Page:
Since 2013, laws mandating the inclusion of the Holocaust in curricula have been on the books in Austria, France, Germany, Israel, the Netherlands, Poland, Switzerland, and the United Kingdom. In the US, individual states decide on curriculum content. To date Holocaust education is mandatory in California, Florida, Illinois, New Jersey, New York and Pennsylvania.

While Connecticut doesn’t mandate Holocaust education, schools include the Holocaust as part of the unit on World War II. Beyond that, many schools offer a variety of history electives on the subject.

At Weston High School in Connecticut, the course “Facing History and Ourselves” provides a blueprint for the future of Holocaust education. The semester-long history course, for juniors and seniors, uses current events to link students to the past, said Weston Public Schools social studies teacher Jennifer B. Klein. Continue reading

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Israeli Wave of Terror

07 Feb 2016 from Israel Ministry of Foreign Affairs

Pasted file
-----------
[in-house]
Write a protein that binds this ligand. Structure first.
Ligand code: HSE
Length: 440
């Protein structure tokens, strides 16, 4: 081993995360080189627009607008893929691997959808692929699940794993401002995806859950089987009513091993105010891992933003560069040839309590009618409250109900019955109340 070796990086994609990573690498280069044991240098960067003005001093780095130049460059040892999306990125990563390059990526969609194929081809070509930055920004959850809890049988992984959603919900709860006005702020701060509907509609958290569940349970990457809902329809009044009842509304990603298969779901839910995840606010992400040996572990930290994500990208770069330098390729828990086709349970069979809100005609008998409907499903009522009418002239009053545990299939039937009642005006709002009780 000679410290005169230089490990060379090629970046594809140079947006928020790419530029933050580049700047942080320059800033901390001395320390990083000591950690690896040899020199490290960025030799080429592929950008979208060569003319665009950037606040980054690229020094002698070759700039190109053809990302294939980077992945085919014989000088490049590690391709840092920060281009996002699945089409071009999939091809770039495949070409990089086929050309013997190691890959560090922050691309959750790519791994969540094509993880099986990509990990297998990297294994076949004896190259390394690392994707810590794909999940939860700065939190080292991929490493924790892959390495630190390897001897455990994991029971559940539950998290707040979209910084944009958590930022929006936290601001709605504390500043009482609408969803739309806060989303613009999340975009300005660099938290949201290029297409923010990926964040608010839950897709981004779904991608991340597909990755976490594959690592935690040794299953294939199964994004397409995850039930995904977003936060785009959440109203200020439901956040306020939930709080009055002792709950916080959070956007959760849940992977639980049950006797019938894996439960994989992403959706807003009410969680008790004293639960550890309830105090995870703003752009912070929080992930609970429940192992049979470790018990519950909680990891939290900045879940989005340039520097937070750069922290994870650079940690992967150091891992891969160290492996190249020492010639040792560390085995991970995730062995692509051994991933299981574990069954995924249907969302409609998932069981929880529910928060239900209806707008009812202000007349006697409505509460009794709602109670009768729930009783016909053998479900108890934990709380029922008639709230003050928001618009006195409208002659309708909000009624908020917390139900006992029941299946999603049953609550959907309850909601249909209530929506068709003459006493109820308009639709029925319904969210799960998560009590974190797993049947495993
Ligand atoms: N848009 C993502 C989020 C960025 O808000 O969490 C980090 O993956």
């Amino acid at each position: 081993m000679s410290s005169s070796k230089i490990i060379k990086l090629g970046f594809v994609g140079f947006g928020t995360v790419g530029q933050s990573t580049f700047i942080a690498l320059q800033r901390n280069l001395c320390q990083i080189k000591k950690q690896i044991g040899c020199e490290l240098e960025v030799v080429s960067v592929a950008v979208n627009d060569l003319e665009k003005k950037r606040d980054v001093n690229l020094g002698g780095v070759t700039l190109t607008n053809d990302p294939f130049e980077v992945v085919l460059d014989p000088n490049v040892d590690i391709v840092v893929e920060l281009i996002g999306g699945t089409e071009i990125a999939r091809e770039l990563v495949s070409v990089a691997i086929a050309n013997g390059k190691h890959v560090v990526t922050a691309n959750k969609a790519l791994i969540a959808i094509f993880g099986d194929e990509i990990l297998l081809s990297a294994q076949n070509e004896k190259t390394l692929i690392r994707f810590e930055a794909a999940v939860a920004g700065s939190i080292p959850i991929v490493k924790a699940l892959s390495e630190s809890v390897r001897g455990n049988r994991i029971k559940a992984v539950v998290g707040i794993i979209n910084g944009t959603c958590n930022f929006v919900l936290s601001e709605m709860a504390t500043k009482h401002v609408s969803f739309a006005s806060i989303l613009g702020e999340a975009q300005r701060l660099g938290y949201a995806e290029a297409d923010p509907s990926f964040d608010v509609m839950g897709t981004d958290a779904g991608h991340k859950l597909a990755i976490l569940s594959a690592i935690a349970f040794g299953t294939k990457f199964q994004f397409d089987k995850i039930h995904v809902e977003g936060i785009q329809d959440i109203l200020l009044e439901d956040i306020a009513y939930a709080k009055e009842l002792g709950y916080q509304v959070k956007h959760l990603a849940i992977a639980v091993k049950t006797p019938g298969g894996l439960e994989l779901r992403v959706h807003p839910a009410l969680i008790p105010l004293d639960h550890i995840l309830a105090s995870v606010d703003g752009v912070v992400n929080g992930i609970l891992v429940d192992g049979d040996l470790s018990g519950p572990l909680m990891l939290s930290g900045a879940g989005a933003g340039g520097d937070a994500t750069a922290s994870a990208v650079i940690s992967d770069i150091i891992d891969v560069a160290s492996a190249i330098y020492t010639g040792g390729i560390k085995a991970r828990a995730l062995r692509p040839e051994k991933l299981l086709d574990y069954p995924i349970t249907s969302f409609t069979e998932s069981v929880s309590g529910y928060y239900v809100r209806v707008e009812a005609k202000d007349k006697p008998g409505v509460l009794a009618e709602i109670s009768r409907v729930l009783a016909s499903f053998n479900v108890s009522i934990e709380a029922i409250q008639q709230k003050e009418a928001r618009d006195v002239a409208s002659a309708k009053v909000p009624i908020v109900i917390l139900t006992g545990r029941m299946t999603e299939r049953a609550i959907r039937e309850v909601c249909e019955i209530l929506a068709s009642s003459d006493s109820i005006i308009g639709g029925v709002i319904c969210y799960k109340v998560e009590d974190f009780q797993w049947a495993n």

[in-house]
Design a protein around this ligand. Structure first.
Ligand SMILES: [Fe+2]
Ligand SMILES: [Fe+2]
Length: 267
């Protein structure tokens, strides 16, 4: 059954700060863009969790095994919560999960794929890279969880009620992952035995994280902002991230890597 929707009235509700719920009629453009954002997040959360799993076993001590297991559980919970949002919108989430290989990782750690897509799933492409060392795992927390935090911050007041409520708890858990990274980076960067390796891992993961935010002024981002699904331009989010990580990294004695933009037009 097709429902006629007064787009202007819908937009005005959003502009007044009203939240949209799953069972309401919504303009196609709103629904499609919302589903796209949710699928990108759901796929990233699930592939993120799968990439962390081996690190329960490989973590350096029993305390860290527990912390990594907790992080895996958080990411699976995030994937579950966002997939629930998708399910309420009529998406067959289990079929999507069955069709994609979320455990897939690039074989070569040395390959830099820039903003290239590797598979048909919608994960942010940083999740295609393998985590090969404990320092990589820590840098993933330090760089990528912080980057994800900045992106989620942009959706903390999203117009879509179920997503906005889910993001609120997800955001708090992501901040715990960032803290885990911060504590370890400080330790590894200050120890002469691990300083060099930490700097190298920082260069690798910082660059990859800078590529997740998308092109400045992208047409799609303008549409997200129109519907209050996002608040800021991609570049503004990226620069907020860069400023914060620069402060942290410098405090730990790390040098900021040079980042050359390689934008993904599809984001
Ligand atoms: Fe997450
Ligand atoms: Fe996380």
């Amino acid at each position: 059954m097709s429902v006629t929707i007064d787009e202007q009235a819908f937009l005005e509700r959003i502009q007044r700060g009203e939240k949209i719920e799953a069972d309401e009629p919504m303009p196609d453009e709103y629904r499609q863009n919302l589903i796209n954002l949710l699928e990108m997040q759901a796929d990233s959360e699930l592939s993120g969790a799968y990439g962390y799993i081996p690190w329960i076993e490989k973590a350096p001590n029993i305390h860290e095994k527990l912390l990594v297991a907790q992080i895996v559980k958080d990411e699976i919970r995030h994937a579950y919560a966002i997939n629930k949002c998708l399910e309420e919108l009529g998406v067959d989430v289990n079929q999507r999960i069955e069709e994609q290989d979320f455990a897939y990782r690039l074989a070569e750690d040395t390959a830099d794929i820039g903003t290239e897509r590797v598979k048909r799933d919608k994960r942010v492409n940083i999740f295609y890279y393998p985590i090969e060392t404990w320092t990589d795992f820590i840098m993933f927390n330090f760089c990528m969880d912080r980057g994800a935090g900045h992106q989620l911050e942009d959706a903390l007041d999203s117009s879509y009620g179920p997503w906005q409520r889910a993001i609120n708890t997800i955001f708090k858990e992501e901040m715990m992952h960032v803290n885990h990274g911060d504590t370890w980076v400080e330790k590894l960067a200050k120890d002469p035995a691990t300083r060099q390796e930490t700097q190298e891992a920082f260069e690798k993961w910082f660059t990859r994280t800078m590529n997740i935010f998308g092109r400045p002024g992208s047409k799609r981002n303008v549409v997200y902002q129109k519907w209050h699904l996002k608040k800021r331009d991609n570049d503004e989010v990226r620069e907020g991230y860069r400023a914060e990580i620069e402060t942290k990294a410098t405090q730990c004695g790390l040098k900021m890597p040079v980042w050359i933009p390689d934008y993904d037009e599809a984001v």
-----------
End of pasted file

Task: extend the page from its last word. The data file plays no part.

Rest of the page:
The recent series of attacks against Israelis is the direct result of incitement by radical Islamist and terrorist elements, calling on Palestinian youth to murder Jews. ​
Five months of terror

 Five months of terror

Magen David Adom: Since 13 September 2015, 31 people have been killed (including a Palestinian and a foreign worker), and 304 people injured – 28 of them seriously – in terrorist attacks.

IDF: Terror attacks by numbers (as of February 7):

  • 119 stabbings
  • 41 shootings
  • 23 car rammings
According to the Meir Amit Intelligence and Terrorism Information Center (ITIC), during the past month there has been a wave of terrorist attacks which began on the Temple Mount and in east Jerusalem. The attacks later spread to Judea and Samaria and even crossed the Green Line into Israel under the battle cry of “Al-Aqsa mosque is in danger.”
The current wave of terrorist attacks is part of the PA’s strategy of “popular resistance” (i.e., popular terrorism) adopted by the PA and Fatah at the Sixth Fatah conference in August 2009. Statements by Fatah, Hamas and PIJ spokespersons have described the attacks as “heroic actions” and “the natural response to Israel’s crimes”.